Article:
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L.A. wildfires prompt unhealthy air warning


The Associated Press

LOS ANGELES — Hospitals near two wildfires raging in the San Fernando Valley reported a spike in patients complaining about breathing problems from the ash and soot Monday.

Fifteen patients came into the emergency room of Providence Holy Cross Medical Center with coughing, chest pain, shortness of breath and other respiratory problems. Of those, two were admitted for further evaluation, said hospital spokeswoman Patricia Aidem.

“We immediately stepped into disaster mode,” Aidem said.

About eight miles away, Northridge Hospital Medical Center saw 11 patients who were exposed to unhealthy air. Most had breathing difficulties and some were treated for eye injuries from flying debris, said Charmine Navarro, a clinical nurse manger.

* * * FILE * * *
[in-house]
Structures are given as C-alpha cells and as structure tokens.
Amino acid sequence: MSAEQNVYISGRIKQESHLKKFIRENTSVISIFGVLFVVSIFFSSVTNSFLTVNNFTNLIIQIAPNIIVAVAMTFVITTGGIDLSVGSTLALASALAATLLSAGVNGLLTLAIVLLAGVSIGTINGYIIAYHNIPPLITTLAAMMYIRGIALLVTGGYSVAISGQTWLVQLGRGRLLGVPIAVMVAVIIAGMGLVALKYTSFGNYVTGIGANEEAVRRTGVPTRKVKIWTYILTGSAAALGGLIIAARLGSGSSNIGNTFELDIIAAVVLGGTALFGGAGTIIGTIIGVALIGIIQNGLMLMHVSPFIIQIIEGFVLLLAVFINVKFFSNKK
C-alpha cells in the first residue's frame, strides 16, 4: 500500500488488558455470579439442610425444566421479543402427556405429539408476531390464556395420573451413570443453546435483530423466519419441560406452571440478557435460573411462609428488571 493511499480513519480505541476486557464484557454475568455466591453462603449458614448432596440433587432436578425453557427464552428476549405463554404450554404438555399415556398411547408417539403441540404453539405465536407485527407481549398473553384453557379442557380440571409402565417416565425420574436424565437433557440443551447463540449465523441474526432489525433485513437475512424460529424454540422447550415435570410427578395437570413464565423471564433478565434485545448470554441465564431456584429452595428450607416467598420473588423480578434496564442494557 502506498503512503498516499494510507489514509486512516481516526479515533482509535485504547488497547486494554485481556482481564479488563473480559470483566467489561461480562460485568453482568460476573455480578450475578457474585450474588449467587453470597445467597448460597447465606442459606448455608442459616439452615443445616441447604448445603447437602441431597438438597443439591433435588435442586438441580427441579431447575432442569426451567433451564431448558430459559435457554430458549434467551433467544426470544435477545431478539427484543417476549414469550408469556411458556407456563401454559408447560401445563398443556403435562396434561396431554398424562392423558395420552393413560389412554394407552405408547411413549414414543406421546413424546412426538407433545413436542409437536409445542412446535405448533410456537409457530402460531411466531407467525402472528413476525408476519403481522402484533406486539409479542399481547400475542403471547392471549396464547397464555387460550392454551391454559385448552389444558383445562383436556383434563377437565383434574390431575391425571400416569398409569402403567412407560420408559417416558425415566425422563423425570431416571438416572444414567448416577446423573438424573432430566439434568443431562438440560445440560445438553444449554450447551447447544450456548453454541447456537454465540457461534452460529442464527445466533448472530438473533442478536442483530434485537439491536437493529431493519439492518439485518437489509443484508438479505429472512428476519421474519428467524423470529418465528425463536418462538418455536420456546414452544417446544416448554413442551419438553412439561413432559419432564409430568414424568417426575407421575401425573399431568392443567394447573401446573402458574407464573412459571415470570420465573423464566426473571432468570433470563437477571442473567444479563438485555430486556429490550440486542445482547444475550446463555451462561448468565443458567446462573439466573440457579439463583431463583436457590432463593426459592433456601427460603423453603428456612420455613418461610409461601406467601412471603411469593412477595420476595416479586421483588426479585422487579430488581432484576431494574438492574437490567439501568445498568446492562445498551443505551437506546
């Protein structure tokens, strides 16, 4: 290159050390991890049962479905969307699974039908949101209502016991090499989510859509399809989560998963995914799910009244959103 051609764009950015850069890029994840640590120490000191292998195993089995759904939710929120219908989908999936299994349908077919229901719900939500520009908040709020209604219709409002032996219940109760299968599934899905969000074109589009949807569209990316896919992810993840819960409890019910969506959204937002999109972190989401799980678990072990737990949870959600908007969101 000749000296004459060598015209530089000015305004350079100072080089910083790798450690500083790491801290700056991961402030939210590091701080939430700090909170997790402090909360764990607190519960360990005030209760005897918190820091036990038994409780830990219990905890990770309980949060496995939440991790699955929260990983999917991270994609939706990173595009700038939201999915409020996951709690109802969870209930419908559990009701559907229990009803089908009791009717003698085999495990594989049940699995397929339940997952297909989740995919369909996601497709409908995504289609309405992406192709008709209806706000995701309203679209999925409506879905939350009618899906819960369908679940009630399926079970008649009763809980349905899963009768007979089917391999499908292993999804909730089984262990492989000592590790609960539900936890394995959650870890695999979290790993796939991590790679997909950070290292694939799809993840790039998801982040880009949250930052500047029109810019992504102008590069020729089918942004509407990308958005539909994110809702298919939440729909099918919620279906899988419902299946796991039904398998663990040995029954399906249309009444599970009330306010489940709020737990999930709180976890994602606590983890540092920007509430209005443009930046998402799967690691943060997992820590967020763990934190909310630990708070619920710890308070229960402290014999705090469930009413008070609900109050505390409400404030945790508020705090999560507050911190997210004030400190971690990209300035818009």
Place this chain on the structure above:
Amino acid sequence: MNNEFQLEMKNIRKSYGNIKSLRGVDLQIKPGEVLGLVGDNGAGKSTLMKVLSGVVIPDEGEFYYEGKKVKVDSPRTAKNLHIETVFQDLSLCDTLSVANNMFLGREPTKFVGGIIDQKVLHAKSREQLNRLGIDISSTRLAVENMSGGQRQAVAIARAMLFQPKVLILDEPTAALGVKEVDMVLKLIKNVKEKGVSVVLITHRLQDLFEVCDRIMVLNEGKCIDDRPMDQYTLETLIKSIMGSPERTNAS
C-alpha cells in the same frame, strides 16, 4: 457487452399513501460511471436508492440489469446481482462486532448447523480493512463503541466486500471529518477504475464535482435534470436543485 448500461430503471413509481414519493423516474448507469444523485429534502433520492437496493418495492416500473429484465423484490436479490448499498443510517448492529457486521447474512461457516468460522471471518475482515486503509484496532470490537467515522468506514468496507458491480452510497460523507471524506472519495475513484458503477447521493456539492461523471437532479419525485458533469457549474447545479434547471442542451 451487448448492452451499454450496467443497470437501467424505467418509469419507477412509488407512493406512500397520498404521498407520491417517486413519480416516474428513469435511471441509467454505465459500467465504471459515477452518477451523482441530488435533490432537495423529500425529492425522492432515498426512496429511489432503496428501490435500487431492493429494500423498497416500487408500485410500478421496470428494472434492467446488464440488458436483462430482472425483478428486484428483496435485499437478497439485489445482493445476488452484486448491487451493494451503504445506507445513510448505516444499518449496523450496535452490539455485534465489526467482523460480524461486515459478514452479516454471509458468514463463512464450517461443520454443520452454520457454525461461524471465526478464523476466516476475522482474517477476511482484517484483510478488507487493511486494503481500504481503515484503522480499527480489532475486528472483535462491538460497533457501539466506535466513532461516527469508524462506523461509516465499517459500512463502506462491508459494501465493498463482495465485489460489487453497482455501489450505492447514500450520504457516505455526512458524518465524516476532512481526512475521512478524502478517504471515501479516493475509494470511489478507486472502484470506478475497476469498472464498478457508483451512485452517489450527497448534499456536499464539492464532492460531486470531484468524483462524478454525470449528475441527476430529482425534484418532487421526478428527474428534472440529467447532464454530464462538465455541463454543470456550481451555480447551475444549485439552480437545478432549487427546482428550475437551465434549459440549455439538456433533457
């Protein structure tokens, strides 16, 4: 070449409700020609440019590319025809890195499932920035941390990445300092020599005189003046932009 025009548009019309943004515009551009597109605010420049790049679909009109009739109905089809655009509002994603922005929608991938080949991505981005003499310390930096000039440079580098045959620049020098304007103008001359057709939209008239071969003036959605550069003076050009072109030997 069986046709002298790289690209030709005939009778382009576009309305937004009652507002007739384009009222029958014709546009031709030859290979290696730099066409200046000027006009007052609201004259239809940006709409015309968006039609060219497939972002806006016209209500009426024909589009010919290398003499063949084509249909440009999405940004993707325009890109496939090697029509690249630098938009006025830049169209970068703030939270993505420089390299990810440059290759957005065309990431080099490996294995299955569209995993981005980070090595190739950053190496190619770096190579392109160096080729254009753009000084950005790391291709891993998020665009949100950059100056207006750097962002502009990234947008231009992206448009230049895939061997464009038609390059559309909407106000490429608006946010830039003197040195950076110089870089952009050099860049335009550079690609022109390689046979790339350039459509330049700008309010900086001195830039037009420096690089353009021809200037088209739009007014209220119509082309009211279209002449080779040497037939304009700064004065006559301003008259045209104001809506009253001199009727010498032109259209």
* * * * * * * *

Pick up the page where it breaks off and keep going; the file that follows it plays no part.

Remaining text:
The hospital braced for more patients.

As long as the fires are burning, “they'll be trickling in,” Navarro said.

On Monday, the South Coast Air Quality Management District predicted unhealthy air for parts of Los Angeles County due to the wind-fanned wildfires. The air pollution control agency said air quality in the San Fernando Valley and parts of the San Gabriel Mountains may reach unhealthful levels.

The agency urged people who can see smoke or dust to avoid unnecessary outdoor activities. It also advised the elderly, children and people with breathing problems to stay indoors.

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